Beim, Deborah, Tom S. Clark, and Benjamin E. Lauderdale, "The Effects of Panel Assignment on the US Court of Appeals in Death Penalty Cases"
We use the random assignment of three judge panels on the US Court of Appeals to measure the preferences of individual judges for granting relief in death penalty appeals, and how they are aggregated into decisions. We provide evidence that judges on the US Court of Appeals for the 5th, 6th, 9th, and 11th Circuits apply highly inconsistent thresholds for relief from death penalty sentences. We will also examine ultimate effects of random panel assignment on whether and when appellants are executed and quantify the consequences of inconsistency in death penalty appeals.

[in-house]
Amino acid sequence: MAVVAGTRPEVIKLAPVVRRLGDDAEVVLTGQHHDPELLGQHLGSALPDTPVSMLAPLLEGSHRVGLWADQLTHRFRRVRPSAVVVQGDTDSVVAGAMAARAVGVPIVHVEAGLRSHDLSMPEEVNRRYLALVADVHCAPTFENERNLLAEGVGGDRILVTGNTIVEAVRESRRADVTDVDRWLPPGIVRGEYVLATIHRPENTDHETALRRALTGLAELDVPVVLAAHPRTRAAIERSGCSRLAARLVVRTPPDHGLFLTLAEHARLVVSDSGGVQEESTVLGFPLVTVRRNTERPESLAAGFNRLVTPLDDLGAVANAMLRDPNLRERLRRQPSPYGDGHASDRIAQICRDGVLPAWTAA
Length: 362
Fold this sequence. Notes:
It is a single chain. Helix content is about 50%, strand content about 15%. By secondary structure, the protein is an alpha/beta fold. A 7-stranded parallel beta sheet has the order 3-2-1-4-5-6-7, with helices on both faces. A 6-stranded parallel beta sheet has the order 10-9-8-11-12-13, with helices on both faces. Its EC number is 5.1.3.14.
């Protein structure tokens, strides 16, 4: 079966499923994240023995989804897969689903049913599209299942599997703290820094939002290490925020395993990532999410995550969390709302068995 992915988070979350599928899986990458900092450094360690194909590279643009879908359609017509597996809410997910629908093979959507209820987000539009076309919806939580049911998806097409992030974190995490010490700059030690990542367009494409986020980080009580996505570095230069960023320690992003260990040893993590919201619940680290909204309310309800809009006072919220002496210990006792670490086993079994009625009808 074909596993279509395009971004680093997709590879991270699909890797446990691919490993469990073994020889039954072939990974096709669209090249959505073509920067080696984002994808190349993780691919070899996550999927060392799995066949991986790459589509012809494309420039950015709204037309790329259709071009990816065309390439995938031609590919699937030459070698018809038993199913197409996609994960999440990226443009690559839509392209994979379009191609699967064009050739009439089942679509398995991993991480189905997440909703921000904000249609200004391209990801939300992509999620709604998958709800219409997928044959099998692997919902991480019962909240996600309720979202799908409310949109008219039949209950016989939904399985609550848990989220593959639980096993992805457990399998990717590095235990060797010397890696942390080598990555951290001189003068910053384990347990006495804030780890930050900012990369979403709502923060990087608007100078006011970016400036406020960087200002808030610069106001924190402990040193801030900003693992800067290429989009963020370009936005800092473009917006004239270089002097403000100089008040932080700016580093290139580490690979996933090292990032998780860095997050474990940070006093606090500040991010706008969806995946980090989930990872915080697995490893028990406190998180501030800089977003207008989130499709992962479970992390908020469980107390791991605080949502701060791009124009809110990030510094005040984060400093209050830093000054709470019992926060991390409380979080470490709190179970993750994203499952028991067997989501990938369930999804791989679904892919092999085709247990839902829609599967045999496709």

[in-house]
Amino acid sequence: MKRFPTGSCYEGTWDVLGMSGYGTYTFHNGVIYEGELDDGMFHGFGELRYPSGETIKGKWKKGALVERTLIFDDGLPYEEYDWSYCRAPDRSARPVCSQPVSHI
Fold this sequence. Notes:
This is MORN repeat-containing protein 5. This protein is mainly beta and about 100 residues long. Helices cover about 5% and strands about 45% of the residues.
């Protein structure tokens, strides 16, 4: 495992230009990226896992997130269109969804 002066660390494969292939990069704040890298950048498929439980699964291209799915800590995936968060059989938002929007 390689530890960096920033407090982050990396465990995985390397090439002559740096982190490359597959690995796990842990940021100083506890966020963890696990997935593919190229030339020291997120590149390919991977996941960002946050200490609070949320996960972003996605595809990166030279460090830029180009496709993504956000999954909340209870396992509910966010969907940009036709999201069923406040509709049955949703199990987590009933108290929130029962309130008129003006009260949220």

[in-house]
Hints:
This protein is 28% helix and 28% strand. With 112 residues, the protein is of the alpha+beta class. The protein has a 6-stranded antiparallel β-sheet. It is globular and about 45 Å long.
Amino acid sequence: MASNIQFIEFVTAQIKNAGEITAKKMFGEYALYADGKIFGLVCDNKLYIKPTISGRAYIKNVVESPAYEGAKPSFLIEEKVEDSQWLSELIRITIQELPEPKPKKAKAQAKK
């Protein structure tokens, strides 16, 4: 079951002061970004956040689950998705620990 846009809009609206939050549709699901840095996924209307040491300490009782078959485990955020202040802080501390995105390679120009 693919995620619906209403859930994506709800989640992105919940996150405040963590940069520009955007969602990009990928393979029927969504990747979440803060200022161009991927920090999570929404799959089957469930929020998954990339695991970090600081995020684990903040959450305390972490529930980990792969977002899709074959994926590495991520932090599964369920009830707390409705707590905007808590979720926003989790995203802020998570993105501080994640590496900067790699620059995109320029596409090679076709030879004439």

Clark, Tom S., B. Pablo Montagnes, and Jörg L. Spenkuch, "Politics from the Bench? Ideology and Strategic Voting in the Us Supreme Court"
Supreme Court justices often vote along ideological lines. Is this due to a genuinely different interpretation of the law, or does it reflect justices' desire to re- solve politically-charged legal questions in accordance with their personal views? To study this question, we differentiate between votes that were pivotal and those that were not. We find that, when a justice's choice determines the outcome of a case, her ideology plays an even greater role in determining her decision|both relative to her choices on other cases and relative to other justices voting on the same case. The data allow us to reject theories of sincere voting as well as explanations according to which ambiguous signals about the merits of a case force justices to fall back on ideology as a form of tie breaker. Our counterfactuals suggest that "politics from the bench" determines the outcome of approximately 8% of 5-4 splits.